His body has been described as ‘slackness’. In what sense was it slack? Slow and lazy confident and relaxed?
A. The body of the snake has been described in the sense that it was slow, confident and relaxed.

what did the snake do at the trough? The way the snake drank is described as softly and silently. What do the words suggest? Lack of noise/confidence/ lack of hurry / dignity?
A. The snake sipped water at the trough softly and silently. The words ‘softly and silently suggest that the snake was not in a hurry. 

‘Someone was there before me’ what does someone suggest? Just anyone who happened to be ahead of the poet? Someone important whose rights has to be respected?
A. ‘Someone’ suggests the regard the poet has towards the snake. He thought that there was someone much ahead of him whose rights he had to respect. 

‘He lifted his head from his drinking as cattle do .. ‘why do you think the snake is compared to cattle?
A) while drinking, the snake lifted his head. Here the snake is compared to cattle because they do not drink water at a stretch and will be lifting their heads several times. 

‘Being earth brown …..’. Three things have been mentioned in this and the next line to reinforce the idea of heat what are they?
A. To reinforce the idea of heat, the poet has mentioned three things – the burning bowels of the earth the day of Sicilian July and mount Etna an active volcano in Sicily, smoking.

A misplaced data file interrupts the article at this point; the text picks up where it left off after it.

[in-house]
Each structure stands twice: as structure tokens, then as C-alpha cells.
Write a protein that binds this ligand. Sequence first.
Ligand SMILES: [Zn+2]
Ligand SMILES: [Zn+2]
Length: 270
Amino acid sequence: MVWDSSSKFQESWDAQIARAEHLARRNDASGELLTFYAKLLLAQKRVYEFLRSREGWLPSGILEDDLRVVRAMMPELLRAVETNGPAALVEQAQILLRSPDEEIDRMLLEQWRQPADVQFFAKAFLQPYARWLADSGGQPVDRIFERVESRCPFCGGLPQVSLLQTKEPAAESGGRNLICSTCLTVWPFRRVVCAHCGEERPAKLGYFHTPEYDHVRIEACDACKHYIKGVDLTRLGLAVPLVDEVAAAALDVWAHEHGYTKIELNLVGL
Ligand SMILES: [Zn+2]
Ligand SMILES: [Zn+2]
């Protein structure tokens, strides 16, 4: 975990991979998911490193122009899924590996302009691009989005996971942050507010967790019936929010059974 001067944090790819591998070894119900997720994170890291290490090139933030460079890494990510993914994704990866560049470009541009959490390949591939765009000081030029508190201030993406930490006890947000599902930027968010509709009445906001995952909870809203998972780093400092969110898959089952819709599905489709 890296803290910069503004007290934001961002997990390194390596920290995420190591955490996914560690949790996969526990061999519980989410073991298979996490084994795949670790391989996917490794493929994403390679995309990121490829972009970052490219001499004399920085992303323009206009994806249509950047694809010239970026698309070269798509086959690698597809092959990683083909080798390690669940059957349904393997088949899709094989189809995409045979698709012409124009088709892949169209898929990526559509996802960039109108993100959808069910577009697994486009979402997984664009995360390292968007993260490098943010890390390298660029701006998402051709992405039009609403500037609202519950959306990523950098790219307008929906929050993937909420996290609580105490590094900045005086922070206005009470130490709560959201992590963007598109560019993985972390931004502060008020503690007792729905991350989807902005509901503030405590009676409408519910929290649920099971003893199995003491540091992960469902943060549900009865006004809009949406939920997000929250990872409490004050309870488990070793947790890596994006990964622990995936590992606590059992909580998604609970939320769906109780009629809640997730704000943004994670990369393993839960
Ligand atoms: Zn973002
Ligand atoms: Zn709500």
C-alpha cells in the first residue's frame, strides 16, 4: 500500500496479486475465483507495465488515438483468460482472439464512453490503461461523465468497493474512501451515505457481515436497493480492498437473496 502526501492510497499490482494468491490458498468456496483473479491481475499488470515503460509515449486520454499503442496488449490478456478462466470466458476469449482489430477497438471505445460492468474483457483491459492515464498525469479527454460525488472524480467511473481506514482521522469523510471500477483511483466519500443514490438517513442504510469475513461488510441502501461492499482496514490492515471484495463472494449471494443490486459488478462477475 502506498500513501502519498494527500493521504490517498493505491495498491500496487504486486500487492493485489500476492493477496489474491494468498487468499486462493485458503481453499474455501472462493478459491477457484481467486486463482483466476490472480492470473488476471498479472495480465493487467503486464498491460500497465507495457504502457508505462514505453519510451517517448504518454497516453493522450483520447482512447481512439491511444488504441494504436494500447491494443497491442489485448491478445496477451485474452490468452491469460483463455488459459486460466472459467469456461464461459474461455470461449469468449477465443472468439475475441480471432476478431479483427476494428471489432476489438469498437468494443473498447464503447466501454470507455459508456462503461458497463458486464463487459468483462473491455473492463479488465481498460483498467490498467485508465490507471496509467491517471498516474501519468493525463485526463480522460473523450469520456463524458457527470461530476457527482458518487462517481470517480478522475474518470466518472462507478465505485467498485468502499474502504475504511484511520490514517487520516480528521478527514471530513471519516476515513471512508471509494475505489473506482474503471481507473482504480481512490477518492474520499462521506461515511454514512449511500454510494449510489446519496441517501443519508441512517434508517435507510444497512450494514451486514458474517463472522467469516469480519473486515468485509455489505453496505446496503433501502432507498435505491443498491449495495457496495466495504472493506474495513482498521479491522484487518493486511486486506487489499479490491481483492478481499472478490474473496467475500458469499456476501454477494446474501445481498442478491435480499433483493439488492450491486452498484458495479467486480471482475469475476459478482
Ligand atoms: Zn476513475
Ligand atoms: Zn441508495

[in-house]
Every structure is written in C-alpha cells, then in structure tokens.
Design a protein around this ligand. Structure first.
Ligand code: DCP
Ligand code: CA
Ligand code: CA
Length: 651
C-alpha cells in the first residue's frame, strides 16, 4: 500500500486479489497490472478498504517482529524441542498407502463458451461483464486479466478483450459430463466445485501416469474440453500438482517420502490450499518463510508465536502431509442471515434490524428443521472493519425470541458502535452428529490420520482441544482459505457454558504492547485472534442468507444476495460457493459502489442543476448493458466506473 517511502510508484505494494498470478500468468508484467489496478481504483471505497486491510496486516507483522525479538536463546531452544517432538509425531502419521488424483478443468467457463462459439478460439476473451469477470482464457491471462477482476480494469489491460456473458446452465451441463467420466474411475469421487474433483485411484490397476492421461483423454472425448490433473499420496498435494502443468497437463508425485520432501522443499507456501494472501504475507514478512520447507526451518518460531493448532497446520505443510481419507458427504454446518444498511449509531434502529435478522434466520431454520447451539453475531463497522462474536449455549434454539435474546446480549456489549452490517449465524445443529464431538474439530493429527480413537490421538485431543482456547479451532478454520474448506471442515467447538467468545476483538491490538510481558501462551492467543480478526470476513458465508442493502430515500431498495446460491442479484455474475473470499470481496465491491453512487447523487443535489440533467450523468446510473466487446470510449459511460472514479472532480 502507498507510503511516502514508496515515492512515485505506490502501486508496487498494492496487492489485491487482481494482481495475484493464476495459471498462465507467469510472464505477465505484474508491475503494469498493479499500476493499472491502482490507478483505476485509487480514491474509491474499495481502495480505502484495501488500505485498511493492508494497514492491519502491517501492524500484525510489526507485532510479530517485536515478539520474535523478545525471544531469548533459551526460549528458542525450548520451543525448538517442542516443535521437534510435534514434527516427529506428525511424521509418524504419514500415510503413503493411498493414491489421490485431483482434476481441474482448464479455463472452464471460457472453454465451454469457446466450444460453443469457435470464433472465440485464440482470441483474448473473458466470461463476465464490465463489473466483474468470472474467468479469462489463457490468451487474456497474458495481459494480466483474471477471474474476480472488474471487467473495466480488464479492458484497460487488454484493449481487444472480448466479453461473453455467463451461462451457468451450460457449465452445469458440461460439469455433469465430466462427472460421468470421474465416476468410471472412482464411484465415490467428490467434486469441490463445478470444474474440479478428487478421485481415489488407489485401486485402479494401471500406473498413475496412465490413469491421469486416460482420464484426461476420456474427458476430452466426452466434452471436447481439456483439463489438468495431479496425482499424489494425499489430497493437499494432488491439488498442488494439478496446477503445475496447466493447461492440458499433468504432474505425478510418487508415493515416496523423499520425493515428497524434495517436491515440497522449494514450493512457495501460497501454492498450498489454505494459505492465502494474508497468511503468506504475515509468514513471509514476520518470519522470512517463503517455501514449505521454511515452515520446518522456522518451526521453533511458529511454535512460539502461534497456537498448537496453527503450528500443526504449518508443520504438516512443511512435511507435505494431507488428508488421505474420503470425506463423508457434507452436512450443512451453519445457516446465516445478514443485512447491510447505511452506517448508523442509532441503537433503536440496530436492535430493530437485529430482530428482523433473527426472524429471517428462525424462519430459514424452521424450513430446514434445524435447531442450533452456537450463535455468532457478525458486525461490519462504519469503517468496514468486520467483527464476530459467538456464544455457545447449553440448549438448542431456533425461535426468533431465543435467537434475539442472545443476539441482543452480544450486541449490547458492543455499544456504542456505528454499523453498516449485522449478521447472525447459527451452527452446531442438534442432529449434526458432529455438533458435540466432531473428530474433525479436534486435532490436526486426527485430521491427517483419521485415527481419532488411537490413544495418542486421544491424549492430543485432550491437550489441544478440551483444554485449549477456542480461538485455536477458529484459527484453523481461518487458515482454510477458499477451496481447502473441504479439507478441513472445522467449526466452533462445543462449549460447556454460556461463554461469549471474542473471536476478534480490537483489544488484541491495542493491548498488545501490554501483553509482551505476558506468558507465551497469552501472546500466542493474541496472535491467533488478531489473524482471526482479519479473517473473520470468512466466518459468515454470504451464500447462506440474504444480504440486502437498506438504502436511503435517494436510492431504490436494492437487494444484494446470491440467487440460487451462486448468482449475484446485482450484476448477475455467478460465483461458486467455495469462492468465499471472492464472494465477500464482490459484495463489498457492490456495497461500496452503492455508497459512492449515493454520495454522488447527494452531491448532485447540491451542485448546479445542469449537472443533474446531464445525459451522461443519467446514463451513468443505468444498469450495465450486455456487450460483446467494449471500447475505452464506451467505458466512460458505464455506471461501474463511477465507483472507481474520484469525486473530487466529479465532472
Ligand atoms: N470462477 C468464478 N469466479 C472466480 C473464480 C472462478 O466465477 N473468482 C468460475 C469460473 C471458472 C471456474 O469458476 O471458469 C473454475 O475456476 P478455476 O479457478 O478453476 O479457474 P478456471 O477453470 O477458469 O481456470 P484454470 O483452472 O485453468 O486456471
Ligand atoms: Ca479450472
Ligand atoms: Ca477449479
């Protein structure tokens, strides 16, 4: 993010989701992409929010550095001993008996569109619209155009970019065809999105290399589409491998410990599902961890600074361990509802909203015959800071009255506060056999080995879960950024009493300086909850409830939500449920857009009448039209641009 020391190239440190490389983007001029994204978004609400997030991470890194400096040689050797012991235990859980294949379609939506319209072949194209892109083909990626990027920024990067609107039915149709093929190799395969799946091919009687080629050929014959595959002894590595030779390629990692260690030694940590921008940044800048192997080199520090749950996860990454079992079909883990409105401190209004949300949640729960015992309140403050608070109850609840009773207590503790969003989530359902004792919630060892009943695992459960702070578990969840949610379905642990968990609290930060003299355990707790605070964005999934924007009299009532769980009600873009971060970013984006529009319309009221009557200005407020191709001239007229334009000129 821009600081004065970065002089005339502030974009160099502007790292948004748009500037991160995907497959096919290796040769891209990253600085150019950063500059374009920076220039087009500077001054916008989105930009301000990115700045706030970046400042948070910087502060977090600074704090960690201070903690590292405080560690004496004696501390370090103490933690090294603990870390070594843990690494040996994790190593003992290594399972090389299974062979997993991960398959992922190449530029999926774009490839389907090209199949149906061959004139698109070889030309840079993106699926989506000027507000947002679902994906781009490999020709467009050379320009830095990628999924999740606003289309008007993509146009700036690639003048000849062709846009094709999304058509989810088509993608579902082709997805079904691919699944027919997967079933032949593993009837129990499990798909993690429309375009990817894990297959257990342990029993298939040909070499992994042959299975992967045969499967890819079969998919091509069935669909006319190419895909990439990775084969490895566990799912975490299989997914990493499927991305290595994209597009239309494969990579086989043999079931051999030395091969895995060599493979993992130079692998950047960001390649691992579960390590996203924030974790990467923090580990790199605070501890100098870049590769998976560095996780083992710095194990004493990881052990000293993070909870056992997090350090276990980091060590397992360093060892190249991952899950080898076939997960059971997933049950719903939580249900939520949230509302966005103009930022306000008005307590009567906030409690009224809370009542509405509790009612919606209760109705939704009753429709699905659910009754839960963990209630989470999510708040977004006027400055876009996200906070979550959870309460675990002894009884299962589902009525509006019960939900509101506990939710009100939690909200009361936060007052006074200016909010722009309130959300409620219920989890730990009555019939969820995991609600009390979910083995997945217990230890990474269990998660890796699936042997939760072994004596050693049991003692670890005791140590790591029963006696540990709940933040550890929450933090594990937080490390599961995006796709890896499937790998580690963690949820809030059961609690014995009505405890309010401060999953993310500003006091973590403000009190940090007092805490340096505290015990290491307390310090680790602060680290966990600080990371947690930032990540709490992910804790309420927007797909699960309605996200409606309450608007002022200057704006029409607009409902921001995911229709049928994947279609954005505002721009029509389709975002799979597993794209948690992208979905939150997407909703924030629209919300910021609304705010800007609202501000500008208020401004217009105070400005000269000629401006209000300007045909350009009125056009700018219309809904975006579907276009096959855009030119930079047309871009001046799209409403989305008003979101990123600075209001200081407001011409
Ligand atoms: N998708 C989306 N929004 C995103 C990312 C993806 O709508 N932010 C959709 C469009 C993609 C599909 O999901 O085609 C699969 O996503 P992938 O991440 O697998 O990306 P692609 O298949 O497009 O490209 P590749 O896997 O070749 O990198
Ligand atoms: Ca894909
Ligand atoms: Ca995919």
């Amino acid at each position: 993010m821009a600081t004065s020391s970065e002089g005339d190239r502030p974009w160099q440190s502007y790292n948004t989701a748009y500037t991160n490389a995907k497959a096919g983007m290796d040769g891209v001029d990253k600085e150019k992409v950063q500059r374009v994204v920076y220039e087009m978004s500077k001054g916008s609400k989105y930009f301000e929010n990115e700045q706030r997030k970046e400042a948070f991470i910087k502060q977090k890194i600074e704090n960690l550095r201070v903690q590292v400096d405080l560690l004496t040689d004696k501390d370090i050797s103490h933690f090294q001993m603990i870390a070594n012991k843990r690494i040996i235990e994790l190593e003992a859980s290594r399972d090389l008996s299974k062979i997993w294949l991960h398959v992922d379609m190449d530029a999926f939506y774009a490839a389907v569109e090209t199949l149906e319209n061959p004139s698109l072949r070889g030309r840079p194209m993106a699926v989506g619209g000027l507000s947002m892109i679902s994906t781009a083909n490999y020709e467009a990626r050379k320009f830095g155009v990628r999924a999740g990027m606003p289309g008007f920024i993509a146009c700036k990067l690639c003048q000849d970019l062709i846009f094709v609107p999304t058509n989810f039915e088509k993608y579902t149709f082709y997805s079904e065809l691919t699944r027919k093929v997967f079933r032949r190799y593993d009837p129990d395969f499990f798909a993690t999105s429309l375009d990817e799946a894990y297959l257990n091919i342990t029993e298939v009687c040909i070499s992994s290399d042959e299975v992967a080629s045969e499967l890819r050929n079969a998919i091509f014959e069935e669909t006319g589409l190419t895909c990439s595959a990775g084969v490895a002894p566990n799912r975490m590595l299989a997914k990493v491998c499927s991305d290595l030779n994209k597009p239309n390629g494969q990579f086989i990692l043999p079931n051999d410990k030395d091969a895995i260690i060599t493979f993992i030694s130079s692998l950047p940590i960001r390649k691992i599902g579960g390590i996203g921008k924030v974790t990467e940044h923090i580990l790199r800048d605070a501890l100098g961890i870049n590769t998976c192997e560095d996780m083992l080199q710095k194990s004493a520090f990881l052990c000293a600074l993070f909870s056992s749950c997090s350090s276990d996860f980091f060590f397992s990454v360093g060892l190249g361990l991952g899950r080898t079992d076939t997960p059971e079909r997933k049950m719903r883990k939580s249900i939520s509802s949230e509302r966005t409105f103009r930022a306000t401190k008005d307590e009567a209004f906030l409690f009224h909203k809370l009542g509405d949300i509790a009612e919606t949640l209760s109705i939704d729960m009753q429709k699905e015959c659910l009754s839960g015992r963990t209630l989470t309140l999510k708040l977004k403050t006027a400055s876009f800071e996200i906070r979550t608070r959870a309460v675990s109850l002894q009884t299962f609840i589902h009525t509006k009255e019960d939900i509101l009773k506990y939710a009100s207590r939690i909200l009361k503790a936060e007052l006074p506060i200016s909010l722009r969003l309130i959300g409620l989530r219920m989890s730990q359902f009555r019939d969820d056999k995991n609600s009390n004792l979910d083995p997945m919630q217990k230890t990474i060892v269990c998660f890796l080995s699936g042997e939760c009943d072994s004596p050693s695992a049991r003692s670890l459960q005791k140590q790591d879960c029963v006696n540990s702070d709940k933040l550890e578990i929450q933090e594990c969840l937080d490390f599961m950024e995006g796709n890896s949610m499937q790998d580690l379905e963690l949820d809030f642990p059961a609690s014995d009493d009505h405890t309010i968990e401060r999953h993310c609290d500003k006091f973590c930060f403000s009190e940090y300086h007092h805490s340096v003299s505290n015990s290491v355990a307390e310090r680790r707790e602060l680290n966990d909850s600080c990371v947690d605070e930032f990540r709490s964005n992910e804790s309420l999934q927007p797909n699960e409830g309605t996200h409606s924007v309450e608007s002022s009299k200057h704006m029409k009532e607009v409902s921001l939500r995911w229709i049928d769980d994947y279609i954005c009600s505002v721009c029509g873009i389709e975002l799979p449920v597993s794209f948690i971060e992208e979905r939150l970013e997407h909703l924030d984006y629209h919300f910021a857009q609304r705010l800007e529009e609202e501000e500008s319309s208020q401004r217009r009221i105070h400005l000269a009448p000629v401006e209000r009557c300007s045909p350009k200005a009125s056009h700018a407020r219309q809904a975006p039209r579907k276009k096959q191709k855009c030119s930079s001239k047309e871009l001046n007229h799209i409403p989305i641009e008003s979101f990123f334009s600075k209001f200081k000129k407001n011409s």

What does Lawrence mean when he speaks of the voice of my education? What did it say to him?
A. “The voice of education” here means the knowledge that Lawrence had acquired about the Sicilian snakes through books. According to it, the golden snakes in his county were harmful but not the black ones. As the snake that had come to the water trough was a golden one, total him that he should kill the snake if he were a man. 

What does the poet do to the snake? How does he feel after it?
A. The poet first treats the snake as his guest and allows it to drink water first, But finding the snake going back into its hole he takes a clumsy log and throws it at the snake. It misses the target but the poet regrets his haste and means act. 

Where did the snake crawl into? What are the words used to describe the hole? How did the poet feel when the snake went back into the hole? Why?